Despite his death, Karl Kavanaugh is the heart of the event he concocted with cohort Navy Lieutenant Walter Dubeau three years ago.
“One of the founders of the Turkey Run was a veteran of the Legion, Karl Kavanaugh,” Dubeau said. “This year the run is dedicated to Karl. He died in February of cancer.”
Dubeau, is training officer at the Fleet Diving Unit (Pacific) based in Colwood and met Kavanaugh volunteering at the West Shore food bank. Together they cooked up the plan to add meat to the season.
“The idea behind it was to get a turkey on every table,” Dubeau said. They’ve done it both previous years with grocery gift cards through the Christmas Hampers.
The first year they topped $12,000, reaching beyond $17,000 in the second annual run last year.
“This year our goal is $15,000. I want to make this achievable so people don’t get discouraged,” Dubeau said. The funds were raised primarily through corporate donations, where staggering funds earn a hefty diver helmet trophy.
“Since the first year we’ve been evolving and we have a runner up statue (this year),” he said. The small but hefty Mark 5 deep sea diver statue will be awarded to the second-most corporate fundraiser. The top donor scores the roughly 50-pound mounted dive helmet currently residing at last year’s winner Original Joe’s. The unit built the trophy from parts adding an oak backing. Original Joe’s hosted a month-long event – with the owner matching total donations – that drew $3,000 last year.
“The Goldstream Food Bank is 100 per cent volunteer. That’s why we’re doing what we’re doing, volunteering our time,” he said. Food bank volunteers work hand in hand with the West Shore Christmas Hamper Fund Society to make about 600 hampers each year.
“We think numbers are up, the need is up in the community so we bumped the number up to 650,” said hamper co-ordinator Gayle Ireland.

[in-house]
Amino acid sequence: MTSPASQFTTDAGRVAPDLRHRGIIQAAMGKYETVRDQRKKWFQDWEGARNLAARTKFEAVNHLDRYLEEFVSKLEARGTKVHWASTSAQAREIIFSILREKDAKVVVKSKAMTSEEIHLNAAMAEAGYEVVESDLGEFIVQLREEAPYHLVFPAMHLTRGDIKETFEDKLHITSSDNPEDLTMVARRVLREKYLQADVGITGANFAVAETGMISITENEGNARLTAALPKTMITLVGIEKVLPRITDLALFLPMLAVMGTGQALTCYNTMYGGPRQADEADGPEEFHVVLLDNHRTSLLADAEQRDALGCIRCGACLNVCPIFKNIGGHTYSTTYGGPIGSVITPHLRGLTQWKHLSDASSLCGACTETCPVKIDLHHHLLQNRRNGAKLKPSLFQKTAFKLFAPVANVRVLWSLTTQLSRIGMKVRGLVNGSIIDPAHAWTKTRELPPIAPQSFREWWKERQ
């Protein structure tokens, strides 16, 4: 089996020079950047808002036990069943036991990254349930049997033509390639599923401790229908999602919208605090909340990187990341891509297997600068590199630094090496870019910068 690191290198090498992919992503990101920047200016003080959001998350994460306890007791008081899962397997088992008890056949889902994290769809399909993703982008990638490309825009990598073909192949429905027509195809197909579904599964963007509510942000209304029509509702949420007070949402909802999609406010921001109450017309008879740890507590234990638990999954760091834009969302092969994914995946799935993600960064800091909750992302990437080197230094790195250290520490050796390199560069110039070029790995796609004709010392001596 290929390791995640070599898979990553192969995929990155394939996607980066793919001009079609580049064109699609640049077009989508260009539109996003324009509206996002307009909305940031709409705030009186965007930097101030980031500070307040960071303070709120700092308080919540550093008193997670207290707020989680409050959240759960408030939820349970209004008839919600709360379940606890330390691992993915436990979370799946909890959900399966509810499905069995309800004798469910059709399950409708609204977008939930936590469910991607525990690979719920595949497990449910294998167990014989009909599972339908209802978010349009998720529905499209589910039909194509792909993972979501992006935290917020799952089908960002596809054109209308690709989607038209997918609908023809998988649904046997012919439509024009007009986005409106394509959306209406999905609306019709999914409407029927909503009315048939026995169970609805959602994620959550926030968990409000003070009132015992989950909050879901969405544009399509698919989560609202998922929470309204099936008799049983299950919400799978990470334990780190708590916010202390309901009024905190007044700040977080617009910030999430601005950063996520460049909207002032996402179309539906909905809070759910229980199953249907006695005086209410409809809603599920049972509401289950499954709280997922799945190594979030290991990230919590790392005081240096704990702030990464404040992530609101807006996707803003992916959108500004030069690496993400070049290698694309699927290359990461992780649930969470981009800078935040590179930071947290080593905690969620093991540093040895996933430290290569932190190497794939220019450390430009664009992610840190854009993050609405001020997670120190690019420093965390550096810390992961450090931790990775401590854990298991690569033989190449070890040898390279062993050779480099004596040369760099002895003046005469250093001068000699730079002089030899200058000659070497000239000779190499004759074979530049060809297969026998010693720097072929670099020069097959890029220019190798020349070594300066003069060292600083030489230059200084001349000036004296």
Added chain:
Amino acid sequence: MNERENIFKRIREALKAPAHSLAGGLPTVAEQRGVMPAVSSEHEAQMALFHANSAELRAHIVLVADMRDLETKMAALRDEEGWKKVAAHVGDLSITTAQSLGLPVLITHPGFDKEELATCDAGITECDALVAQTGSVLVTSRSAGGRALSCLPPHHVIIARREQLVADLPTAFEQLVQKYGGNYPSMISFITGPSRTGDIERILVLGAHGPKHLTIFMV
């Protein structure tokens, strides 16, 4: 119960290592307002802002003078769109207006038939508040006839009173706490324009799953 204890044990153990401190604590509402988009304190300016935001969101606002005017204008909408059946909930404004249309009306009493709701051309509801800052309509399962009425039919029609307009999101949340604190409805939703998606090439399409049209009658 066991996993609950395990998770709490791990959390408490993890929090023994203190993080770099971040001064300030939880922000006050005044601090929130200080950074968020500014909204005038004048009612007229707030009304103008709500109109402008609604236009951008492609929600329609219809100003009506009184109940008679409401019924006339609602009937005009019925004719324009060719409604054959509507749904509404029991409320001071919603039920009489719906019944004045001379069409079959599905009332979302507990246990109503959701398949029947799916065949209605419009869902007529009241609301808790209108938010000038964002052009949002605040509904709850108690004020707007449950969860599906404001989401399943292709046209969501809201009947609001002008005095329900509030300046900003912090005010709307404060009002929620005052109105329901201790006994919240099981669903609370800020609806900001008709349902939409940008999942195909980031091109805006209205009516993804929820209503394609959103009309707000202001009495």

Saturday, Dec. 1 starting at 9 a.m. search out the bobbing pack of runners to find some wearing bits of the specialized equipment the divers use in everyday work. Altogether 50 to 70 people will take part, volunteering their time that day.
“Everybody at some point runs in the relay,” Dubeau said.
RCMP take care of traffic issues at the front of the pack followed by the bomb truck leading the pack of runners. Santa and a diver in a dive boat followed by MPs take up the rear of the parade.
They run from the unit on Wilferr to Belmont Park then Sooke Road to Jacklin Road, up to Goldstream Avenue then Peatt Road to Millstream Road. They travel back from Millstream Village along Veterans Memorial Parkway to WestShore Town Centre a couple of times before heading back where they started.
“We’re definitely asking the traffic to be patient with us,” Dubeau said.
They’ll take donations along the way and at various stops. The plan is to finish around 4 p.m. then head to Six Mile Pub for a silent auction, where items are up for bid between 4 and 6 p.m.
“The month of November we do a bit of a drive and businesses give us prizes for the silent auction,” he said.
Those looking to compete for the corporate trophy can email Walter.Dubeau@forces.gc.ca. Those looking to contribute to the hamper fund through the event can also drop donations at the Goldstream Food Bank, 761 Station Ave. (open 10 a.m. to 2:30 p.m. the first three Tuesdays and Wednesdays of the month) in the name of the Turkey Run.
Karl Kavanaugh’s death left a hole in the organization, says Gayle Ireland, co-ordinator for the Goldstream Food Bank.
“Karl was my right arm,” Ireland said. “He was loyal he was true, he was incredibly hard working and dutiful. He carried every task through to the bitter end.”
A founder of the annual Fleet Dive Unit (Pacific) Turkey Run, the food bank volunteer was devoted to Legion work.
“He really looked forward to (the Turkey Run),” said Doug Woods, who volunteered alongside Kavanaugh for about nine years. “He thought it was great from the military point of view because he was ex military.”
Cancer claimed his life in February, but friends remember him fondly at the food bank.
“Everything important in this Legion was important to Karl. People were important to Karl,” said food bank volunteer Marie Ball who knew Kavanaugh more than 50 years. “He came and helped with Christmas in 1999 … and he never left.”
The third annual Turkey Run will be in honour of the long-time volunteer this year.